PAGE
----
Graham and Talent present WMD report card

Former Bob Graham and Jim Talent will presented their latest report card this week detailing how far the nation must go to prepare for what they see as a nearly inevitable biological attack.
While the U.S. has spent more than $60 billion since 2001 to defend against a hypothetical strike using biological weapons, Graham and Talent have long been critical of the county's preparedness and gave the country a failing grade on biodefense preparedness in early 2010. Their 2008 prediction that the nation will likely suffer a biological attack by 2013 pushed legislation in both the Senate and the House to stiffen national defense, the Wall Street Journal reports.
Advances in synthetic biology have led to concerns that terrorist groups could engineer deadly bugs that could kill hundreds of thousands of people. Some experts, however, think that the threat of bioterror as a result of scientific progress is overstated.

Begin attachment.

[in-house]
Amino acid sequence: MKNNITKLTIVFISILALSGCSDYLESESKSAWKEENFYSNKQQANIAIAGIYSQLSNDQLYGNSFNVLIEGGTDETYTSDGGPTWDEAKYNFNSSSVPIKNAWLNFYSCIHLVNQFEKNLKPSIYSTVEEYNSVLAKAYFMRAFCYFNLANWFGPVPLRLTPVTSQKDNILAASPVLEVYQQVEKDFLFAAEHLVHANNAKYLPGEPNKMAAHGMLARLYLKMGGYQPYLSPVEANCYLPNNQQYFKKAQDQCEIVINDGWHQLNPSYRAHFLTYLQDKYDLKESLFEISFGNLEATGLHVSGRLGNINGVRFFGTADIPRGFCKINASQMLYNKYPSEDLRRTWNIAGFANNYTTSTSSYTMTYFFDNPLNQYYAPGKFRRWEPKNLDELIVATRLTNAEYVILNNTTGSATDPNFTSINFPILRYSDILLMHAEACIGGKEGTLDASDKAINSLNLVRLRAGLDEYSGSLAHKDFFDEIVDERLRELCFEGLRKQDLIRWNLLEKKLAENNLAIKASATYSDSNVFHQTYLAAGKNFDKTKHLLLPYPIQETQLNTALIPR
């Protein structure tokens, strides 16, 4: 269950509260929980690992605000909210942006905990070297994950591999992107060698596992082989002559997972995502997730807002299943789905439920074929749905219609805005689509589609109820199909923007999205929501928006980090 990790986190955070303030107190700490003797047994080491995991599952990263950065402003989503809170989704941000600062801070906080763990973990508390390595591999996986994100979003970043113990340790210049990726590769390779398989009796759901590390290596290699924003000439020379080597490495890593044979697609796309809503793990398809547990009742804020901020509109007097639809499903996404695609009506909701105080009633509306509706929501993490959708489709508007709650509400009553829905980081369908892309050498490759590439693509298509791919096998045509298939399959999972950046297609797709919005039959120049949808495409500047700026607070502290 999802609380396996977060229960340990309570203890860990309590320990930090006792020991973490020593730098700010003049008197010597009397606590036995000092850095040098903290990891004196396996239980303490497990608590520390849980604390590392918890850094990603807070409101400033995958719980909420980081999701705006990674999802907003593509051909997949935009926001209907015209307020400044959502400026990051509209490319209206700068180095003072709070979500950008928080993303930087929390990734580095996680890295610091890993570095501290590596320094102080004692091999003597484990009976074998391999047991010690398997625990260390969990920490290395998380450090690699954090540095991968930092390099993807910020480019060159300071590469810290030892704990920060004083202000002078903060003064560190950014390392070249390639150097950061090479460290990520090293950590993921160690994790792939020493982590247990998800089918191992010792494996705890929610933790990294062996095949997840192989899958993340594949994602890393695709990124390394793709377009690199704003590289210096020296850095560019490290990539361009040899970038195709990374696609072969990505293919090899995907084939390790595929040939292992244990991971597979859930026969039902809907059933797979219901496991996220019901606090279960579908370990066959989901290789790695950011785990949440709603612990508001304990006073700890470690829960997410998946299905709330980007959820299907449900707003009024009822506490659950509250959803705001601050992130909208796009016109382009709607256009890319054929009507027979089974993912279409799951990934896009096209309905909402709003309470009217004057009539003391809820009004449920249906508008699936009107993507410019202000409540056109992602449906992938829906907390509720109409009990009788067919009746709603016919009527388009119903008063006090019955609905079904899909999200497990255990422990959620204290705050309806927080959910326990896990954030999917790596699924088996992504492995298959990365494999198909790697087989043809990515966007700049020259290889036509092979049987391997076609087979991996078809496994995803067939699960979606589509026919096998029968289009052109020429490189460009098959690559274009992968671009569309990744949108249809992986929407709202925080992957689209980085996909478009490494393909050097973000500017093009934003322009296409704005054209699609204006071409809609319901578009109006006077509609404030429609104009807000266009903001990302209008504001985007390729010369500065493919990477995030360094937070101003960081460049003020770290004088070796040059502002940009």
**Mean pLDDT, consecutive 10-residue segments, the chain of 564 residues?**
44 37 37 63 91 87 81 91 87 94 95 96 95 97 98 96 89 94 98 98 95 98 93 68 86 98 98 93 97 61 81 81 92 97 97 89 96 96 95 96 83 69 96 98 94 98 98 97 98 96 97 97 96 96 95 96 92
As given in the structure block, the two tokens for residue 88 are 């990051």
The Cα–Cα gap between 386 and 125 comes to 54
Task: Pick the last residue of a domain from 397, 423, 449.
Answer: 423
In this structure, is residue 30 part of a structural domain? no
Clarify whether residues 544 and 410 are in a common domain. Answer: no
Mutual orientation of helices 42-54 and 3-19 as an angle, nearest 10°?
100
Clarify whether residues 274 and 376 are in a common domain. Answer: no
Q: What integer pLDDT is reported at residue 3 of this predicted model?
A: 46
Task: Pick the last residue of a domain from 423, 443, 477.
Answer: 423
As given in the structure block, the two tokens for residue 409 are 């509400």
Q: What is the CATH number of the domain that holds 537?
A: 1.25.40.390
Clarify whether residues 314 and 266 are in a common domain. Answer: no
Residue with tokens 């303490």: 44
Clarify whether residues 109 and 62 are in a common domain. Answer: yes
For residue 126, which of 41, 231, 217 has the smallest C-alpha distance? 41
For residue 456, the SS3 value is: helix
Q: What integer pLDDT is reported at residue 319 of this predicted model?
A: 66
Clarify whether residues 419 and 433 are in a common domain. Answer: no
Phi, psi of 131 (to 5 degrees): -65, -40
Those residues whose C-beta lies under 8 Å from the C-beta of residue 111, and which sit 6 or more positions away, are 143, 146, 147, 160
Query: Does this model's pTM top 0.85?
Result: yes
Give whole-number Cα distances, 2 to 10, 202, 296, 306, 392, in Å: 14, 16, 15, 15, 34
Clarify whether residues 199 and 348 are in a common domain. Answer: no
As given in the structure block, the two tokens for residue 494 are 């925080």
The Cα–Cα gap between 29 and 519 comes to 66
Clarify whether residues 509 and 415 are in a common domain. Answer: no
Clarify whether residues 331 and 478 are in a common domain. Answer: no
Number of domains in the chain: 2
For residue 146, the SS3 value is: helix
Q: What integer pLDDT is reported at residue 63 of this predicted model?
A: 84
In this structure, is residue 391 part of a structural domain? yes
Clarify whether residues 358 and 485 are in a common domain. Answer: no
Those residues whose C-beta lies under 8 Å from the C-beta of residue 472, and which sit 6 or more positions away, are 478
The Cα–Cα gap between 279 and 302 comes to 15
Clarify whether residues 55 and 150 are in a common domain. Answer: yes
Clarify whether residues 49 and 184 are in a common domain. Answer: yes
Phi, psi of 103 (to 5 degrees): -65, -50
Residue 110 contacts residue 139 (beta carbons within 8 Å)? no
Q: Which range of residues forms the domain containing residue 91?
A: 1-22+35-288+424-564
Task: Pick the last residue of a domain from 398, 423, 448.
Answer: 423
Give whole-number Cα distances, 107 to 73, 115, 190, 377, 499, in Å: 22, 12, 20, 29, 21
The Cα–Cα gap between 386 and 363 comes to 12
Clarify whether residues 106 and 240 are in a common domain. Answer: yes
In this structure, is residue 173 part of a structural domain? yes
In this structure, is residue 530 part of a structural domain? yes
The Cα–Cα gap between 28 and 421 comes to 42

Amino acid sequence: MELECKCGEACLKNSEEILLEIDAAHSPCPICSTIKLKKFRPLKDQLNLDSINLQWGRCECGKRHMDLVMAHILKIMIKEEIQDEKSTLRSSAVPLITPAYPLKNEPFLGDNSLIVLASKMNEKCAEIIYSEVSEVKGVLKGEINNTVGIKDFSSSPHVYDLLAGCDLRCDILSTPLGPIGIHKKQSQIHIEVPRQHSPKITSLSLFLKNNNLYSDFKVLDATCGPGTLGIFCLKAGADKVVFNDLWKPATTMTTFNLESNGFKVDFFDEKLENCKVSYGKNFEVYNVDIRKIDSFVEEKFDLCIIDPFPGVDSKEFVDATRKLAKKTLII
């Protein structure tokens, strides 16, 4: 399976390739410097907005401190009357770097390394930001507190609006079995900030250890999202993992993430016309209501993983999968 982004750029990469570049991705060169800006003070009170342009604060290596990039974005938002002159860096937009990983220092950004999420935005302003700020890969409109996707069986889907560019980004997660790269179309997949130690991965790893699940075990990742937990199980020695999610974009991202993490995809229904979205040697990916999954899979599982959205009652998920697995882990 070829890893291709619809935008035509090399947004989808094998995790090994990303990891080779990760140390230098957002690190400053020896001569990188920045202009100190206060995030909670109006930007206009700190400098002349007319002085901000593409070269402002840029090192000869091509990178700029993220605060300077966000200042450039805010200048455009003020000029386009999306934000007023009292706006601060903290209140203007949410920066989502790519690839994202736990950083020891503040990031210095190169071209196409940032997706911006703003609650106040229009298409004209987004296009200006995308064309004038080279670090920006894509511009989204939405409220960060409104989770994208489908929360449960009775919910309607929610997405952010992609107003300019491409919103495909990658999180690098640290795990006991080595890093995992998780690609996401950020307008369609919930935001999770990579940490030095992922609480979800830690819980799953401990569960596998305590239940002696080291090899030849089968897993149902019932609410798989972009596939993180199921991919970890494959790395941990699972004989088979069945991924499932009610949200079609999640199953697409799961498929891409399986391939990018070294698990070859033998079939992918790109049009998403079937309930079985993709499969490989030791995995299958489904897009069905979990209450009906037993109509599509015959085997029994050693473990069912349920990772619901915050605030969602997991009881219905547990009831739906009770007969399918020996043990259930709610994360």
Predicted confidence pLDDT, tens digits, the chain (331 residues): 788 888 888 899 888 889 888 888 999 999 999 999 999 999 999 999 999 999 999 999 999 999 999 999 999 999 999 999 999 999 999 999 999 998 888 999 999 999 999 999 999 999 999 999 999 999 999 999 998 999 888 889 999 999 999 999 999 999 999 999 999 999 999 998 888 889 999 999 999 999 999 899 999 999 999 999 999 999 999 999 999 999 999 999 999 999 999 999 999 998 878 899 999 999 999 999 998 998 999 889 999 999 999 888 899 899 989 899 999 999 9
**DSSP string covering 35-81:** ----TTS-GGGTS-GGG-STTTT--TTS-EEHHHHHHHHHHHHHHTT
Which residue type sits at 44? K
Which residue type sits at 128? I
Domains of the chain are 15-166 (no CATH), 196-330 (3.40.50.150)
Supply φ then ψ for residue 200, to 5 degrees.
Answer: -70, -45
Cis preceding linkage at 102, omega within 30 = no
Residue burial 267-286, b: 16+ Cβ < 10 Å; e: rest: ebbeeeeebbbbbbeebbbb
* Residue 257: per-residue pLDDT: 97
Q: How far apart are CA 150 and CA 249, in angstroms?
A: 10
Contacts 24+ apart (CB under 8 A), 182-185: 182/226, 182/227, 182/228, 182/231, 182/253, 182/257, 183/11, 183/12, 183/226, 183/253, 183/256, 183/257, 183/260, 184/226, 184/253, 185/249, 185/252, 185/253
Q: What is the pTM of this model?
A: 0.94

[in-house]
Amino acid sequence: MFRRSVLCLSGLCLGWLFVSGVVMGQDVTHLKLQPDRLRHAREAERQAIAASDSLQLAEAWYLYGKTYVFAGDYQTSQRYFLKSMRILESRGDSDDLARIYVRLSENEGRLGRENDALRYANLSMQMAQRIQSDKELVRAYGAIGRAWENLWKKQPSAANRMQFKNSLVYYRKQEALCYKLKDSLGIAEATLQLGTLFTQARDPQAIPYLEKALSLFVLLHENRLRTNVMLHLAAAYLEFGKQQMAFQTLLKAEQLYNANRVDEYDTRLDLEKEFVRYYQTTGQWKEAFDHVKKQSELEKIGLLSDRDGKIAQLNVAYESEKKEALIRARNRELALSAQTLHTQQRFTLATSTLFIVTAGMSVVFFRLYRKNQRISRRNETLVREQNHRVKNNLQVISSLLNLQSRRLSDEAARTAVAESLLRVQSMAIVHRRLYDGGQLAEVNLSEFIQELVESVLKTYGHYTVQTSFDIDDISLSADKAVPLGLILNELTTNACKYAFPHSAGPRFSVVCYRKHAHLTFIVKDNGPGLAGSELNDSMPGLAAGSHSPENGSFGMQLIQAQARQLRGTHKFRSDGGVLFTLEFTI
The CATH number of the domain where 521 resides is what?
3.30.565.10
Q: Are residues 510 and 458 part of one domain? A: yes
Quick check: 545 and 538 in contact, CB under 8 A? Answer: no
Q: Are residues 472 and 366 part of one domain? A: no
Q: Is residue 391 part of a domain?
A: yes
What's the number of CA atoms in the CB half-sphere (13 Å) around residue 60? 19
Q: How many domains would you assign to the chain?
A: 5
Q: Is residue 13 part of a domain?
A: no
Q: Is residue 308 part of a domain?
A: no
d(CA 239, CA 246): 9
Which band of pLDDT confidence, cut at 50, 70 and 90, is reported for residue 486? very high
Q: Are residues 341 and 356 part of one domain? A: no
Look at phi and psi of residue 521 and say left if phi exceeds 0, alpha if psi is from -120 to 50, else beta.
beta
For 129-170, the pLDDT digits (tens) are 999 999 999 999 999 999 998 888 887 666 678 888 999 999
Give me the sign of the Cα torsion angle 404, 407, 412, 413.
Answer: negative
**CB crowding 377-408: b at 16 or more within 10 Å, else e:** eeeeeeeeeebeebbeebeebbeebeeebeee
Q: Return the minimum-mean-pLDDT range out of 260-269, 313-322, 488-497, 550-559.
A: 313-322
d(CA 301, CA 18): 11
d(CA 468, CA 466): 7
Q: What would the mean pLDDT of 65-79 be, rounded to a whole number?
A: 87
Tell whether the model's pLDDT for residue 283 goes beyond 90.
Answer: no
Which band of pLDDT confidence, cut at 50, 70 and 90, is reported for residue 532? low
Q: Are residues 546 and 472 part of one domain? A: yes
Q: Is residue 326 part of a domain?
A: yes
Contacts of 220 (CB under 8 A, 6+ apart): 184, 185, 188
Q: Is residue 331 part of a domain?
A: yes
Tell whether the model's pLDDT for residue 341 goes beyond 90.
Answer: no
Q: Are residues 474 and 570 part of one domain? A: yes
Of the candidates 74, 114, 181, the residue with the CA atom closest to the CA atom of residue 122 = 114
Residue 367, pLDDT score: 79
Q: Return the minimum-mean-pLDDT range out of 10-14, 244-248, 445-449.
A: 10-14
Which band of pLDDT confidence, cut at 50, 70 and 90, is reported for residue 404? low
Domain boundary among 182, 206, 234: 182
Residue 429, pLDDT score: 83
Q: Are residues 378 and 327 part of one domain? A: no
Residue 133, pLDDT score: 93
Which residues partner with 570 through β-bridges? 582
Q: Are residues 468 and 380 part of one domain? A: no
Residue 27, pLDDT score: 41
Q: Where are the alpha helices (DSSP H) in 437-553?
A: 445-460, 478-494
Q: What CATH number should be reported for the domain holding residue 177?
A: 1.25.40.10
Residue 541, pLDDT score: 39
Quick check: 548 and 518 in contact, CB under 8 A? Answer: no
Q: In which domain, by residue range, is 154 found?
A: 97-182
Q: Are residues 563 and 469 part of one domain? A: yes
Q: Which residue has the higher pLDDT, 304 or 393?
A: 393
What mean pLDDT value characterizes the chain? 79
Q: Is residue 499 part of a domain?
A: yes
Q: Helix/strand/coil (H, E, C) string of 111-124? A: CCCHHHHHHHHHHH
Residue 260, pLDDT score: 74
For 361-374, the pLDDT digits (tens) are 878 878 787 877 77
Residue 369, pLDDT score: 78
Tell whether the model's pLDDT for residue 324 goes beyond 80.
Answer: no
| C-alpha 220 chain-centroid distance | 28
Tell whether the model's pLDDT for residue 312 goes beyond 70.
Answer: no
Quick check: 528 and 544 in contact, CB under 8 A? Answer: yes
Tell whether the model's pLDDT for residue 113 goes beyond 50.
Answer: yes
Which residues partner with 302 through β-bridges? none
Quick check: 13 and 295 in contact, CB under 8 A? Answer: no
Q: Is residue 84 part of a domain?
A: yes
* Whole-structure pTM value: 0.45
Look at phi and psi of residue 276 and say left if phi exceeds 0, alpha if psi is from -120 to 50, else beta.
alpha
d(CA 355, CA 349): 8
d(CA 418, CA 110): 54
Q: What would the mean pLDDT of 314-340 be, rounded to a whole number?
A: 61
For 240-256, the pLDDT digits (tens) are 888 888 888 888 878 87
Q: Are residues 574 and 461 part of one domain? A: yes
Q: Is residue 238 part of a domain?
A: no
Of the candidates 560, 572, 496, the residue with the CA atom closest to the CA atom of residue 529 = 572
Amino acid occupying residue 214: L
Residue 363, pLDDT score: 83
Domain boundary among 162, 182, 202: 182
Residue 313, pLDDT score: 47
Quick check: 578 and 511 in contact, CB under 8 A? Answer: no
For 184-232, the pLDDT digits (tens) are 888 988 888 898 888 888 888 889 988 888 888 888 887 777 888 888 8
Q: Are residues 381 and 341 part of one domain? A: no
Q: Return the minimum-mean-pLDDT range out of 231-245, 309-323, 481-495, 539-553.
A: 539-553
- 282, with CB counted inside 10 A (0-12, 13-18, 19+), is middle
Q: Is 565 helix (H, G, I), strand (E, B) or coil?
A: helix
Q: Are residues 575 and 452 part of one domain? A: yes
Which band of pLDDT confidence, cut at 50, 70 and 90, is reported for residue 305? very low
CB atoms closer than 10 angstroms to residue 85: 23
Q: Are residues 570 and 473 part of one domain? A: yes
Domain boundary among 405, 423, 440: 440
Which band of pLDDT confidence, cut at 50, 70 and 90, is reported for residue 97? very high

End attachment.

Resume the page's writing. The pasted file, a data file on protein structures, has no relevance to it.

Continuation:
"There's so many consultants wandering around Washington explaining that high-school students can do this stuff—which they can, in the sense that a million monkeys can write Shakespeare," Stephen Maurer, a WMD and homeland-security expert at the University of California at Berkeley, said, according to the Wall Street Journal. "Running an R&D program that has a reasonable chance of inflicting mass casualties is a very different proposition."
Lynne Kidder, the president of the WMD Center, said that the focus should be less on trying to prevent an attack with biological weapons and more on vaccines, antibiotics and other medical treatments that can limit casualties.
"You cannot contain all the pathogens, so we have to have the ability to minimize the impact of an attack—and that can have a deterrent effect," Kidder said, according to the Wall Street Journal.
While the U.S. government has stockpiled plenty of countermeasures for threats like smallpox, progress for other threats, including anthrax, have moved slowly and have seen their budget slashed in recent years.